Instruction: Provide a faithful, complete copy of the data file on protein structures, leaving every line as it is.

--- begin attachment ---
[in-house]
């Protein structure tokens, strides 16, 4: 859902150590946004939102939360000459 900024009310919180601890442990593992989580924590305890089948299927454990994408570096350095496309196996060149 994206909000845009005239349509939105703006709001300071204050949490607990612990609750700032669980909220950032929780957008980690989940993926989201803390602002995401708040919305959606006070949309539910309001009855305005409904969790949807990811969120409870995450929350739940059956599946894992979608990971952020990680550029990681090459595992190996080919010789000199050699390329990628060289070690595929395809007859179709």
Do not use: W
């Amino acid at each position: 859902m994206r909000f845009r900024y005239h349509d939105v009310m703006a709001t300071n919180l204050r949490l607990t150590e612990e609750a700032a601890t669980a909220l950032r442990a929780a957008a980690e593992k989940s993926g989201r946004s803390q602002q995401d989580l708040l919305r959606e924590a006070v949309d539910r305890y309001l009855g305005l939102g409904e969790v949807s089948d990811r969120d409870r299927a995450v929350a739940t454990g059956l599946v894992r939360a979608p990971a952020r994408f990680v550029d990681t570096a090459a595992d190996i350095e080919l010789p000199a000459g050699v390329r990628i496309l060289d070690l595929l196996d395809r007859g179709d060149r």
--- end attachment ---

[in-house]
């Protein structure tokens, strides 16, 4: 859902150590946004939102939360000459 900024009310919180601890442990593992989580924590305890089948299927454990994408570096350095496309196996060149 994206909000845009005239349509939105703006709001300071204050949490607990612990609750700032669980909220950032929780957008980690989940993926989201803390602002995401708040919305959606006070949309539910309001009855305005409904969790949807990811969120409870995450929350739940059956599946894992979608990971952020990680550029990681090459595992190996080919010789000199050699390329990628060289070690595929395809007859179709």
Do not use: W
């Amino acid at each position: 859902m994206r909000f845009r900024y005239h349509d939105v009310m703006a709001t300071n919180l204050r949490l607990t150590e612990e609750a700032a601890t669980a909220l950032r442990a929780a957008a980690e593992k989940s993926g989201r946004s803390q602002q995401d989580l708040l919305r959606e924590a006070v949309d539910r305890y309001l009855g305005l939102g409904e969790v949807s089948d990811r969120d409870r299927a995450v929350a739940t454990g059956l599946v894992r939360a979608p990971a952020r994408f990680v550029d990681t570096a090459a595992d190996i350095e080919l010789p000199a000459g050699v390329r990628i496309l060289d070690l595929l196996d395809r007859g179709d060149r």